Portland Trail Blazers guard Mo Williams suited up to join the NBA TV crew as an analyst for Game 3 of the Western Conference finals, but found himself addressing an Eastern Conference issue. As a former teammate of LeBron James, Williams was asked to talk about why The King would trash talk Indiana Pacers guard Lance Stephenson. James and Stephenson have been seen jawing on the court, and while James has smartly ignored the media, Stephenson has made that more difficult for him by indulging it.
“One thing I’m not going to do is give y’all a story line. I’m not going to do that. This is the Pacers vs. the Heat. I don’t get involved in that.”
“I’m doing something right and I’m getting under his skin. I definitely have to keep stepping up to the plate and be aggressive when he does that.”
Williams explained that James is not weak, but is caught in a mental game. Of course, you knew that, I knew that, and your oblivious buddy that thought James played for the Cleveland Browns inherently knew it too. However; framed in the context of his own run-in with Houston Rockets rookie Troy Daniels, Williams’ insight was more illuminating.
“He came out lighting us up, making all kinds of shots, and my thing was, ‘Let me get him some attention. Let me get the reporters in his locker room asking him about me that has nothing to do with the game.’ Now all his homeboys gotta call him, all his friends, his mom, his sister—everybody. ‘What’s going on? Is something wrong with you guys?’ There’s nothing wrong with us. The thing is, it’s all a tactic, and that’s what Lance Stephenson is trying to do.”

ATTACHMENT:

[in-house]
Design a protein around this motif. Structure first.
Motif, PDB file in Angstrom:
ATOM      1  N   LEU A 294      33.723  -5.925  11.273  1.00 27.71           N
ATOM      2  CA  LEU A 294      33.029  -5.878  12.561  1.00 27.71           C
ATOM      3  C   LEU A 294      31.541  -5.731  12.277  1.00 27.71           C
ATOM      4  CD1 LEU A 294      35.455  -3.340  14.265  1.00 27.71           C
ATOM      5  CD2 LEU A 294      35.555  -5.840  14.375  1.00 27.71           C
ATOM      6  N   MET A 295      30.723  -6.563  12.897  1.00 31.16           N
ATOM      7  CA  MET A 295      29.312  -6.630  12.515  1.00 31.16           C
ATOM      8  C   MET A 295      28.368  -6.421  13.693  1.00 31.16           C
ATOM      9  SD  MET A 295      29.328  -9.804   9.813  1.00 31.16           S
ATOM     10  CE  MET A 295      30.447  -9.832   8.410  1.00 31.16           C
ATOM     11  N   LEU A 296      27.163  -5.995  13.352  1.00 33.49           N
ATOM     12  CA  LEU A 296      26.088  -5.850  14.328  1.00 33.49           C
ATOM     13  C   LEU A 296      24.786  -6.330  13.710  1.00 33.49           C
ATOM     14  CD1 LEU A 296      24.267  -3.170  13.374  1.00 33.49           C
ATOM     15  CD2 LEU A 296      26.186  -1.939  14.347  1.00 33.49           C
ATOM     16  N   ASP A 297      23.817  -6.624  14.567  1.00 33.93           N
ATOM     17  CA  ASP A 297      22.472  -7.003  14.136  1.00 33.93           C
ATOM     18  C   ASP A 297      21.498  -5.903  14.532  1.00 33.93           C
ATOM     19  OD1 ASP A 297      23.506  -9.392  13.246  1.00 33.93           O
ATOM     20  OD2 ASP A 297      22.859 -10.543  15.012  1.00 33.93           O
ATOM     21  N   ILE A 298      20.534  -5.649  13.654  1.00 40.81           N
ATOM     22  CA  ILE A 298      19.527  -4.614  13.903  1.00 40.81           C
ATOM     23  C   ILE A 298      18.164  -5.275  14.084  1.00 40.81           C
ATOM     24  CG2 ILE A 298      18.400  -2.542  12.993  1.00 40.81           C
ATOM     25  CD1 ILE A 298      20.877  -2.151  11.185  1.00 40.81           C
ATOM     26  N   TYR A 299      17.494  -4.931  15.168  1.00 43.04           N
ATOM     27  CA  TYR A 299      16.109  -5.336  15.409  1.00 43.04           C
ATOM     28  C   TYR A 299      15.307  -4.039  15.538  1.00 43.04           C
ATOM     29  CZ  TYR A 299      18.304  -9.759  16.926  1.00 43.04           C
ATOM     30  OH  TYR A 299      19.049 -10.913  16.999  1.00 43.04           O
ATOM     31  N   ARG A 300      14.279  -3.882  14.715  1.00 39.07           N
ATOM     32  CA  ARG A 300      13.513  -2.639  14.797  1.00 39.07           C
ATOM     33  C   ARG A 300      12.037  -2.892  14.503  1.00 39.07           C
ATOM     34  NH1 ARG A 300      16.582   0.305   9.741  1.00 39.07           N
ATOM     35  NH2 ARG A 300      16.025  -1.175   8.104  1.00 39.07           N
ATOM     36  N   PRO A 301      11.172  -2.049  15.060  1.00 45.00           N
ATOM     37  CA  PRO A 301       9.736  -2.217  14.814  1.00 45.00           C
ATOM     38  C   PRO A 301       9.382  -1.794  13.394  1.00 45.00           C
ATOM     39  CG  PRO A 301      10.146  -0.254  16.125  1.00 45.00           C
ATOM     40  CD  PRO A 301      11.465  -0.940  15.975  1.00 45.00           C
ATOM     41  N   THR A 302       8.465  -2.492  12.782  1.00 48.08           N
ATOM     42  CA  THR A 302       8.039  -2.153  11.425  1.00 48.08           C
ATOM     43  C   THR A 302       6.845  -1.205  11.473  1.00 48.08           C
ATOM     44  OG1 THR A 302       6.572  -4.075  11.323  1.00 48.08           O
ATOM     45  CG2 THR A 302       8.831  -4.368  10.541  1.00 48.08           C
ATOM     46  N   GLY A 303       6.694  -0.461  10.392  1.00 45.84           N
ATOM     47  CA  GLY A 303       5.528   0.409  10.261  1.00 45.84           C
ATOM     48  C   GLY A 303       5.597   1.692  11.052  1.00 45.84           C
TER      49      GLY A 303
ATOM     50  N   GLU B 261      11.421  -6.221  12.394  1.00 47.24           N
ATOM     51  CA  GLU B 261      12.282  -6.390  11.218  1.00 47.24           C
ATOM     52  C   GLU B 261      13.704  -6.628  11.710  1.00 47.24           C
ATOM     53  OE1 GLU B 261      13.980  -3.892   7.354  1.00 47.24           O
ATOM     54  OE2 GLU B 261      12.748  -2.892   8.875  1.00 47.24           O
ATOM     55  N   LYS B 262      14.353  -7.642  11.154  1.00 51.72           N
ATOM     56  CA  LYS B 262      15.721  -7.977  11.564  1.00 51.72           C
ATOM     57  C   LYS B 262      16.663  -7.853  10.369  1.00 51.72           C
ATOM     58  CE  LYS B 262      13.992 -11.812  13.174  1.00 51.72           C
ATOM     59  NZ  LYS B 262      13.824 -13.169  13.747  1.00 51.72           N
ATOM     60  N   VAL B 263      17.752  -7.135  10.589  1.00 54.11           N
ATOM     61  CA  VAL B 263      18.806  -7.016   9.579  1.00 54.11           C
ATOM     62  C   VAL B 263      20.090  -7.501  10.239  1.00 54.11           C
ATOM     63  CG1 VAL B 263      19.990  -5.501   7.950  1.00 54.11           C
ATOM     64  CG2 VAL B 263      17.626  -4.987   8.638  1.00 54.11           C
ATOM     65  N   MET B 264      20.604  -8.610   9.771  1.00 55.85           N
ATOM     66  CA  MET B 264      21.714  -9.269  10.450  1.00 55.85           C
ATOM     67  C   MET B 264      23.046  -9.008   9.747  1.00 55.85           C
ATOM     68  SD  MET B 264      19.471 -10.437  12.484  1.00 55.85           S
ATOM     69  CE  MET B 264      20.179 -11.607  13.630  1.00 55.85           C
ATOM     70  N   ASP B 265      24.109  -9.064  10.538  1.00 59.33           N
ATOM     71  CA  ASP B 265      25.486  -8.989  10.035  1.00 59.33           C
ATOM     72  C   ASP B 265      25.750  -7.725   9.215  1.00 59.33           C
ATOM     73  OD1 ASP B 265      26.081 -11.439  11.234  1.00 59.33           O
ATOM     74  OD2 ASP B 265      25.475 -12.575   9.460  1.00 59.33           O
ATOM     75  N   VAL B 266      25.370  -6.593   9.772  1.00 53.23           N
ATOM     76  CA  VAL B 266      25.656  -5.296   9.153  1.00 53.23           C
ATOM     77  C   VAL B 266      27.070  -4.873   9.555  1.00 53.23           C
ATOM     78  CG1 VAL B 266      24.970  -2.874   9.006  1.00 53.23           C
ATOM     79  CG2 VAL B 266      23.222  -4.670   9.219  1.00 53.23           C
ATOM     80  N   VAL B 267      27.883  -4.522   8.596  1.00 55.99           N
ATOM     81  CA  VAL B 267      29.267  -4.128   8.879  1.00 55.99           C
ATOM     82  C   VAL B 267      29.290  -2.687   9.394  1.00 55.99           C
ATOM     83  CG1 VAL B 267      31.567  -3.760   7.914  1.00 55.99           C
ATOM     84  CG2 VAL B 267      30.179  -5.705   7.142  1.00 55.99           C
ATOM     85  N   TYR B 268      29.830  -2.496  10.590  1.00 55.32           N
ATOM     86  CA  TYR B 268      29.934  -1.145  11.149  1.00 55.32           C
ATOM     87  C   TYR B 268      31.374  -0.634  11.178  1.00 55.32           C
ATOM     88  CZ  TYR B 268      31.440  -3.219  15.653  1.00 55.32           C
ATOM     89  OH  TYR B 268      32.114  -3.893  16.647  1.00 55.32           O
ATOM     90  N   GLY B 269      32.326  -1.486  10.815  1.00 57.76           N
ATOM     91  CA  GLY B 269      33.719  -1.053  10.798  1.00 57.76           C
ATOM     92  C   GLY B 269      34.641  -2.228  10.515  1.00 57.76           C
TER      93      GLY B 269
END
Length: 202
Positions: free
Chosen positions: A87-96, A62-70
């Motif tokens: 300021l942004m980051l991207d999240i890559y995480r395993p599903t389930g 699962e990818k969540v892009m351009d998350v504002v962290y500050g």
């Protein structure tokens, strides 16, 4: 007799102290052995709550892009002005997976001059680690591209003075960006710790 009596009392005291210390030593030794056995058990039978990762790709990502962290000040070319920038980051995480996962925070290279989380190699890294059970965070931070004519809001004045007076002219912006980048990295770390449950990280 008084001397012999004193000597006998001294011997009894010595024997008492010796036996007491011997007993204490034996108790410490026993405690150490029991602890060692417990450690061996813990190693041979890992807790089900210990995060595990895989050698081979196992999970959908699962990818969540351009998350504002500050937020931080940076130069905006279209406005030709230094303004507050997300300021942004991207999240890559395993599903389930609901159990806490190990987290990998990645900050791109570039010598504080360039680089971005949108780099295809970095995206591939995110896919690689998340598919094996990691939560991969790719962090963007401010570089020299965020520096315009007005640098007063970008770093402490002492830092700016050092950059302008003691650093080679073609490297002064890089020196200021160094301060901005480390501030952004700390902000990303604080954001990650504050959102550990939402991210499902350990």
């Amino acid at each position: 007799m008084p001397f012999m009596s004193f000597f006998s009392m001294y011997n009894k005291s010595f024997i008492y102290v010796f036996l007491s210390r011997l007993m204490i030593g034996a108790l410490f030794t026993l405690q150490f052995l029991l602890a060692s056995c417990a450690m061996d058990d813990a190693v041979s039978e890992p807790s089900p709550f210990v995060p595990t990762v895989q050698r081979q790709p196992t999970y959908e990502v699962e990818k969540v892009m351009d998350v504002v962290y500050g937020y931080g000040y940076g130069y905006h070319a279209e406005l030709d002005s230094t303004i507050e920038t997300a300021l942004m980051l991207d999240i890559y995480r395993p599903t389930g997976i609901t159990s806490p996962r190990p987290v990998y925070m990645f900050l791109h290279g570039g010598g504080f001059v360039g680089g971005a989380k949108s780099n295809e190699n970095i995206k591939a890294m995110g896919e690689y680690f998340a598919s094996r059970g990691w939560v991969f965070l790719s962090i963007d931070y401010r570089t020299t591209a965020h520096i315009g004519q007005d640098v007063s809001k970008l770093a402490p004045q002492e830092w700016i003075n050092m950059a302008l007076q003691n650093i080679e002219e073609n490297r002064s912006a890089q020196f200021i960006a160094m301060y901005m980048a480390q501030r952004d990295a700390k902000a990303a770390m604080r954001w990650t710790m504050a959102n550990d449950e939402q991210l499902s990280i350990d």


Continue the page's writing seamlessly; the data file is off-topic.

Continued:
Stephenson knows that James is not going to lose his composure on the court past an exchange of words, but he is creating a distraction. While James is trying to focus on the task at hand, everyone is asking him about his beef with Stephenson. It is all about breaking his focus off the court. James will keep shrugging the media off as best he can and Stephenson will keep feeding off the hype. Stephenson is trying to give himself an advantage in the most annoying way possible.
As the series continues, he will continue prodding James for a reaction to inflame the media. Who will get dogged with more questions about it in this circumstance? The decent player who talks about the “incident” openly, or the best player in the world trying to keep quiet? If James says anything at any point, it is a juicier story than if Stephenson is merely added to the list of peasants hurling rocks at the throne. As long as there is something to talk about, James has to wade through more garbage while the Pacers benefit.